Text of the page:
Plato’s anthropological dualism is characterized by a radical split in human being: following the Orphic doctrine, Plato declares there are two principles in human being: the immortal SOUL, our most divine part, principle of knowledge and morals; and the BODY, the reason of our ignorance and our wrongness. Plato begins the Western traditional thought for which the body and its   passions are the main responsible for all our pains, misfortunes and sufferings; man is guilty simply because he has a body, idea particularly dear for Christianity. Therefore, our most important tasks will be, on the first place, the practice of virtue, which means basically to sacrifice body desires, and secondly the practice of philosophy. The purpose of moral and intellectual purification is to let the souls be guided by rightness and straightness and thus fulfil their fundamental destiny: those who practice philosophy and so know the world of the Ideas will return to their original place (the divine dwelling), where they lived before; on the contrary, the impure ones, those who let their uncontrolled passions rule their behaviour will have to undergo a judgment and will be condemned to wander an mistake indefinitely, paying thus their faults in life.

              

V. CONSEQUENCES OF THE THEORY OF THE IDEAS FOR ETICS AND POLITICS

a) The virtue.  The theory of the Ideas implies the overcoming of the sophistic moral relativism: the Ideas of Justice and Rightness become the perfect criteria for distinguishing right from wrong or fair from unfair. The Ideas are values themselves. Plato’s ethics tries to find out what is the Highest Rightness for man, Rightness whose attainment implies happiness and which is achieved by the practice of virtue. The Highest Rightness can be understood in two ways: a good life cannot be achieved neither by the only means of moderate pleasures nor by the only means of wisdom, but by a mixture of both, simply because man is a mixture of animal and intelligence. (Of course, the pleasures we can indulge in are the purest ones). According other philosophers, Plato’s Highest Rightness means contemplating the Ideas, contemplation which is the supreme happiness. In this sense the virtue, as the method for achieving the Highest Rightness, performs an analogous roll as dialectic, the method for achieving the Intelligible World. By means of the practice of virtue we achieve the Highest Rightness and, therefore, the supreme happiness; virtue is the natural disposition for rightness of our souls, and as our souls have three elements, there will be three peculiar virtues, one for each one of them: self-control for the concupiscent element: "certain order and moderation of the pleasures"; strength or braveness for the irascible element: the strength allows man surpasses suffering and sacrifices pleasures if necessary; and wisdom or prudence for the rational element, which rules the whole human behaviour.  The virtue of the soul as a whole is justice, which settles order and harmony between those three elements and is, obviously, the most important virtue. Along with this practical explanation of virtue Plato defends a more intellectual theory particularly related with the theory of the Ideas: virtue is the knowledge of what is right for man or, better, the knowledge of the Idea of Rightness, and is mainly identified with wisdom or prudence. We should remember the Ideas allow Plato surpasses the moral relativism of the sophists as the Idea of Rightness implies there is an absolute point of view.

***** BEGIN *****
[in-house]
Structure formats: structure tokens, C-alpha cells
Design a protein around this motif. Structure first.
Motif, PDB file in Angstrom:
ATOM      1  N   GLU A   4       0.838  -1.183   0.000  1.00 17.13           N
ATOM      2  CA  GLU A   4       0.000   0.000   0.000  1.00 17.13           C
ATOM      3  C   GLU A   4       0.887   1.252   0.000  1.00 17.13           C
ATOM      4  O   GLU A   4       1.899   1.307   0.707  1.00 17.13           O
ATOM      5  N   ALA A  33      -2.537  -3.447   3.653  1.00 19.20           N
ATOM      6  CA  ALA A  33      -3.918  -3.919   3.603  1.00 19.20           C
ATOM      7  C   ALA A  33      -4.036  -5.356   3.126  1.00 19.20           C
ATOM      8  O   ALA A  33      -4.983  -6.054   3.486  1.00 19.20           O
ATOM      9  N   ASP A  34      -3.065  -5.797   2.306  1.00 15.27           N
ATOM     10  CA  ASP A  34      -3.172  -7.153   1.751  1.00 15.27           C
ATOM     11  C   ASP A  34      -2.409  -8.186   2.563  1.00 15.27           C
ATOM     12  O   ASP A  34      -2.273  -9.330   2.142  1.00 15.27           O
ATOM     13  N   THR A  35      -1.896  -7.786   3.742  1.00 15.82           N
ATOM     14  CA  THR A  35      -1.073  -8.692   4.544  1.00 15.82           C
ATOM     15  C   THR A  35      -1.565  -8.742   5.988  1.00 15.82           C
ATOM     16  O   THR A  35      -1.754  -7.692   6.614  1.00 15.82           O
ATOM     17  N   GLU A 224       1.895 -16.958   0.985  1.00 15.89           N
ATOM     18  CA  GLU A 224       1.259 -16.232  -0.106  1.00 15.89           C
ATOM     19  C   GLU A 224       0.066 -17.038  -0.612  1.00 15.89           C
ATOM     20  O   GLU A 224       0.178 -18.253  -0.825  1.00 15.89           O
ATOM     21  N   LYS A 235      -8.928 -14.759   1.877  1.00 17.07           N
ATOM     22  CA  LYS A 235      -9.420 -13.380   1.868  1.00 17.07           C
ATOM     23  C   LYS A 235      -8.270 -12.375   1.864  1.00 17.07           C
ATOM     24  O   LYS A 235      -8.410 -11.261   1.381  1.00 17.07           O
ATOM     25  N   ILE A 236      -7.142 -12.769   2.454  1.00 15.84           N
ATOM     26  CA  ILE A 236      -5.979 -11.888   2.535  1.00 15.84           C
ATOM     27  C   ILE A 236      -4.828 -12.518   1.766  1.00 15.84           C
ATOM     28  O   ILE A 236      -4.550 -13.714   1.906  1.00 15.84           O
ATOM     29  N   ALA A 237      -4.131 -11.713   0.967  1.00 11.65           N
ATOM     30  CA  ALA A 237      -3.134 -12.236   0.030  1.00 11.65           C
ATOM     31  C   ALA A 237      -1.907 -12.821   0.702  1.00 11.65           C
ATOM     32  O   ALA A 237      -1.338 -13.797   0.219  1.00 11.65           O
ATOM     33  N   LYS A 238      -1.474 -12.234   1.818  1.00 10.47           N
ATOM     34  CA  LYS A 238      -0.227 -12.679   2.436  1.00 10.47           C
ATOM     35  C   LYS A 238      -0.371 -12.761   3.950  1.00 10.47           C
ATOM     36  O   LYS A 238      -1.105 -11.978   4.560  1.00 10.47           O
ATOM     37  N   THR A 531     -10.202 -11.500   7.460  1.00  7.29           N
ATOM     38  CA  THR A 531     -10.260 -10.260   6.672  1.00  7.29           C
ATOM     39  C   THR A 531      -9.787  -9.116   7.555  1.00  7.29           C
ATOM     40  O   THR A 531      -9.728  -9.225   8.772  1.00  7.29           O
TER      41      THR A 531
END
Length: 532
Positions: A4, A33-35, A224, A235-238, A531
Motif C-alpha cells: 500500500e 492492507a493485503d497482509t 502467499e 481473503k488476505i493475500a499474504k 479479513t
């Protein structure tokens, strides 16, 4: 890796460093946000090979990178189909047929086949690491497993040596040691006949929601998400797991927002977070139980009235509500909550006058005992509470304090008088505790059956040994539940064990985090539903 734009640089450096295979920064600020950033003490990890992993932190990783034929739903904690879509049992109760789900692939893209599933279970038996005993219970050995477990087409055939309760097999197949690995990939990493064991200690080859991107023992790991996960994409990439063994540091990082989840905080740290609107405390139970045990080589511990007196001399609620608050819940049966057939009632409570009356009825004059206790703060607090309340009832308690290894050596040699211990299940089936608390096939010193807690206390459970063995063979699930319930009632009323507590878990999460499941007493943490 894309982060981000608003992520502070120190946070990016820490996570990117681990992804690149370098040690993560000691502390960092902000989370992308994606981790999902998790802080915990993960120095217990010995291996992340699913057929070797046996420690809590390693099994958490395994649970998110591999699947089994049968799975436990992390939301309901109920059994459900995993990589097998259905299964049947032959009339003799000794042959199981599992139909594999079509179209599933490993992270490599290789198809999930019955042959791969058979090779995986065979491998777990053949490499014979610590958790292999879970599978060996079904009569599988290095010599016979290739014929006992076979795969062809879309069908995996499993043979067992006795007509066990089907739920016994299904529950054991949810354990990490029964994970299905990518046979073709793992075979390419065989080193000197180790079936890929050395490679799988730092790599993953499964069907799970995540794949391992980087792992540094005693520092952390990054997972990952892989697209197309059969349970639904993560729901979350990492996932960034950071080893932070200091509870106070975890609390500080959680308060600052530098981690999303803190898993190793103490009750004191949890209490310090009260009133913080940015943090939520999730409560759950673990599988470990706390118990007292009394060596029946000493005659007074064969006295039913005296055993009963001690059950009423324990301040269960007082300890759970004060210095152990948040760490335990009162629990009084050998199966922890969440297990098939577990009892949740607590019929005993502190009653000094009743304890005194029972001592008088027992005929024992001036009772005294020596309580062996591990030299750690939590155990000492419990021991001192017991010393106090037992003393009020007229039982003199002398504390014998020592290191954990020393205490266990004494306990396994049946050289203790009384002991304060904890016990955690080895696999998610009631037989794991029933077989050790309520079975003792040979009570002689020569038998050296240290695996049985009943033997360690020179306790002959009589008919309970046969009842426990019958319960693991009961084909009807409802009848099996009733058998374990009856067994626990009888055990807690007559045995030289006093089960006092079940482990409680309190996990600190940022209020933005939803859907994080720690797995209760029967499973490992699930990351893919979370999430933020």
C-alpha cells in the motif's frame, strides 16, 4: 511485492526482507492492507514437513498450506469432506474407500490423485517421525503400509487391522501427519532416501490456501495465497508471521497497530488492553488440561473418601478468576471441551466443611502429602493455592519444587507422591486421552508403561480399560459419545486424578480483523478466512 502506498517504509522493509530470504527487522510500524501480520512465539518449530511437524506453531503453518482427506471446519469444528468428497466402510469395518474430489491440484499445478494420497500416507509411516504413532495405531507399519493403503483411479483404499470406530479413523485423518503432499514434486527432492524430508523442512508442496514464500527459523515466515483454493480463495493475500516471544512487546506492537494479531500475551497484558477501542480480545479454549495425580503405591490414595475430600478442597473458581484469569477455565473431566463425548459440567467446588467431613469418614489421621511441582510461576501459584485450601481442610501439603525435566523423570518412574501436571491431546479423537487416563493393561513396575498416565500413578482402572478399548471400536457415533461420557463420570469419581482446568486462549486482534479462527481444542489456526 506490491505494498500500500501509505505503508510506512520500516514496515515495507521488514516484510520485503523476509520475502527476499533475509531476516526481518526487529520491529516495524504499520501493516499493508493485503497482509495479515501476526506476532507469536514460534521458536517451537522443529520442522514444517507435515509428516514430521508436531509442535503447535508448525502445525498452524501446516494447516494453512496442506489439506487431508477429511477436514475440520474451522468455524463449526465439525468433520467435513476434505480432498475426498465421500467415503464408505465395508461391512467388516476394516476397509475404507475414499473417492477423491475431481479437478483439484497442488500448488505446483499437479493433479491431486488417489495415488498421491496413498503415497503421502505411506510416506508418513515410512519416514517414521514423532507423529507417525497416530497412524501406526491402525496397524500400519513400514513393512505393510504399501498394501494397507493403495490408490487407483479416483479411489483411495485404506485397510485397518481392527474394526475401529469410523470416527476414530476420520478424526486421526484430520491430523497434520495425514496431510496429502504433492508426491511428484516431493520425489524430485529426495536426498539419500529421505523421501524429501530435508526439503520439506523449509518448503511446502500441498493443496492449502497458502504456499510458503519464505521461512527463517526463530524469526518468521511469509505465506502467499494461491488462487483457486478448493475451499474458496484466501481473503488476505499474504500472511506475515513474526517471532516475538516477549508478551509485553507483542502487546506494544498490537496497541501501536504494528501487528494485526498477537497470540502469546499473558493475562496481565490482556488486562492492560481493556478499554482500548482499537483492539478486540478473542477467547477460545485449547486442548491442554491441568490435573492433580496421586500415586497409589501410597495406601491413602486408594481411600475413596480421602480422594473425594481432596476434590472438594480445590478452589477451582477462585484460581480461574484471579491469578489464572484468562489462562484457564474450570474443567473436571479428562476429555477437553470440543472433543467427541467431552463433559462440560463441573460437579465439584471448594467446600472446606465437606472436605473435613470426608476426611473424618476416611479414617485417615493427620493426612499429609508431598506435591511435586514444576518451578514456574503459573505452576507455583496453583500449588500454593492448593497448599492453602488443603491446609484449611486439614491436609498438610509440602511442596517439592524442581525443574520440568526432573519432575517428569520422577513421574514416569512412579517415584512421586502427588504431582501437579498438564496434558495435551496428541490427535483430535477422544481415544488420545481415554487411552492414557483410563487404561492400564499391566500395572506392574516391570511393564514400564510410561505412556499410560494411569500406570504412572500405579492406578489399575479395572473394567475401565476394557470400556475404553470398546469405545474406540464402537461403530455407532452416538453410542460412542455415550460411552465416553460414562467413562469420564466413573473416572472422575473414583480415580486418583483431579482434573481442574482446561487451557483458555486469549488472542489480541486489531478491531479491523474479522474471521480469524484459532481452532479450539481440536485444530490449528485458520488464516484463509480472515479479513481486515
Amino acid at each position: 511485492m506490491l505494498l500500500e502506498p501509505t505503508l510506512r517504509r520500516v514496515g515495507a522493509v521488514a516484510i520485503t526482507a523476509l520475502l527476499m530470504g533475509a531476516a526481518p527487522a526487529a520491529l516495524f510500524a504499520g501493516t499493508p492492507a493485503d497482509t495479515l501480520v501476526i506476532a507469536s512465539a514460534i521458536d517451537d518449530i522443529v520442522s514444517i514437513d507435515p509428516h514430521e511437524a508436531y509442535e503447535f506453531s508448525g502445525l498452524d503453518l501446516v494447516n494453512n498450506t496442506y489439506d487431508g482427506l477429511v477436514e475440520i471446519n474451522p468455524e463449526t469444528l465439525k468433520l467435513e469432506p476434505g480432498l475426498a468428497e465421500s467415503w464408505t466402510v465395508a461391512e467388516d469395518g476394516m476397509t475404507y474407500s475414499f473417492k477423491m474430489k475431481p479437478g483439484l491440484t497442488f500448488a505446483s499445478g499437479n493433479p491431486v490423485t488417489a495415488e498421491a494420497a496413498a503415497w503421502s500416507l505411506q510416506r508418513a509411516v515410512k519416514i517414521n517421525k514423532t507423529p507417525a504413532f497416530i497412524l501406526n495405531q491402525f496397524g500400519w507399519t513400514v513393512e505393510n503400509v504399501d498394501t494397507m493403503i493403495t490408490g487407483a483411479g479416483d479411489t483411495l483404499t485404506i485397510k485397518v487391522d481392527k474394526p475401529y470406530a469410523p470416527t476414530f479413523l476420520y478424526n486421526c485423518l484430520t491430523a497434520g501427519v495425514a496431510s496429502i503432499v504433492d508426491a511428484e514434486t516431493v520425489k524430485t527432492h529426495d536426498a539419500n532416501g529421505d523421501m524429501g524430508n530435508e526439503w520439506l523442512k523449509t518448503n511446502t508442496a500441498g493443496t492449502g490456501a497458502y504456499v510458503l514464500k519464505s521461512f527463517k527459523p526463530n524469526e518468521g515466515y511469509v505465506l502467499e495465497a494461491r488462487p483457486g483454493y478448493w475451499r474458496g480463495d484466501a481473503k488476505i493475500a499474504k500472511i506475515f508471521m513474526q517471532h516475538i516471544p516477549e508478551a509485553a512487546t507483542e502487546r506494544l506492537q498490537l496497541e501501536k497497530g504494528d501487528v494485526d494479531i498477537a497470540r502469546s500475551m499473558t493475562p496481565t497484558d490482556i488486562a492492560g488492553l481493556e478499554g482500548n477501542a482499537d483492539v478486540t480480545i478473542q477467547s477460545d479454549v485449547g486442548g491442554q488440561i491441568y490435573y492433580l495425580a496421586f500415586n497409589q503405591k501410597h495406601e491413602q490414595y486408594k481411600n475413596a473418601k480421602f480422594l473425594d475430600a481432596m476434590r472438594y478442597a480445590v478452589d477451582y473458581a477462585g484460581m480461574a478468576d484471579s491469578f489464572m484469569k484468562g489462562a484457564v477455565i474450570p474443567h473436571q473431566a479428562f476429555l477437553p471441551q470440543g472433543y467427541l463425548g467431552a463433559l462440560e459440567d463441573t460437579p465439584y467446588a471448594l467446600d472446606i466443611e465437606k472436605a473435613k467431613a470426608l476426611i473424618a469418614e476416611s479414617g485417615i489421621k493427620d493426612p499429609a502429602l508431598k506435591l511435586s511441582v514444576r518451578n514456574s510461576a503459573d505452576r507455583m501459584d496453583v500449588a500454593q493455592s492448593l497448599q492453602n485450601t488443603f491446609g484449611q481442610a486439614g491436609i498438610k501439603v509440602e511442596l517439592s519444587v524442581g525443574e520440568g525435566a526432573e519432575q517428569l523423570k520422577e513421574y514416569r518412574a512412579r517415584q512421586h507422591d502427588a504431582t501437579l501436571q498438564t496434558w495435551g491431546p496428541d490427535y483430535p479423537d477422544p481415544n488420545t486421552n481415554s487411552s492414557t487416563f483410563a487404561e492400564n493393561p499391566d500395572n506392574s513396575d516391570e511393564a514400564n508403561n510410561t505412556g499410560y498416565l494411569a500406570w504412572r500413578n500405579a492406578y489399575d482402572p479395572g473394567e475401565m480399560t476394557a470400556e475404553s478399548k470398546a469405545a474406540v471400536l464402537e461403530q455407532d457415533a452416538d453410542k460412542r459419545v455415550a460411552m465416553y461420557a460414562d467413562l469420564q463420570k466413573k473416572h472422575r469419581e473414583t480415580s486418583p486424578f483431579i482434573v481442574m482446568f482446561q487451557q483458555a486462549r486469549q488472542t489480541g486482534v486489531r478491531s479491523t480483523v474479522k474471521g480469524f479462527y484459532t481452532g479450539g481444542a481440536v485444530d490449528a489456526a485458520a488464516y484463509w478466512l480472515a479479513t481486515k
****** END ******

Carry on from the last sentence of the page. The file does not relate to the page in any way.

b) The king-philosopher. As every Greek, Plato thinks man is naturally a social being; that’s why there are States (Polis). The individual can reach his utmost accomplishment in the State, but only in a perfect State. Plato divides the State or society in three classes following the three elements of the soul; the State is a great organism with the same material and immaterial requirements and ethical aims as man. The rational element of the soul is represented by the class of the governors, who are philosophers; the irascible element is represented by the social class of the soldiers; the concupiscent element by the craftsmenThe philosophers, whose particular virtue is wisdom or prudence, are the only ones capable for government; the soldiers, whose virtue is the strength, must defend and keep safe the polis; the craftsmen, whose virtue is self-control, provide the commodities needed in the State. Thus, a total parallelism between anthropology, ethics and policy is settled down. The three social classes are needed, but each one enjoys different rank and dignity. The aim of the State is justice: the common welfare of all the citizens, which would only be possible if every class fulfil its own roll. Plato distinguishes the social class of the leaders: since the Idea of Rightness can be known, it’s only natural philosophers guide society ruled by their superior knowledge; philosophers have to be governors or governors have to be philosophers; of course, philosophers do not seek their own interests but the community’s.

c) The "platonic Communism". Philosophers must seek the general welfare and so, trying to avoid temptations and useless distractions, they neither have private property nor family; their main purpose is wisdom which enables them to carry out their mission of government. Soldiers also sacrifice family and private property, only the craftsmen are allowed to them (though limited and controlled by the State).  Craftsmen do not need education, except the professional for their own tasks, and they must obey political powers. In this ideal State only a very best selected minority have power. Though the social classes are not closed up, social mobility is controlled by rigorous criterion. Plato’s ideal State is clearly aristocratic. Finally, along with this description of the ideal society, Plato describes and assesses the actual forms of government: there are five, but they all come from the monarchy or aristocracy by progressive decay: military dictatorship, oligarchy, democracy and, the worse of all, tyranny. Monarchy or aristocracy is the most perfect form of government: is the government of the best individuals.

 

 

 

© Javier Echegoyen Olleta  -  translated by Isabel Blanco González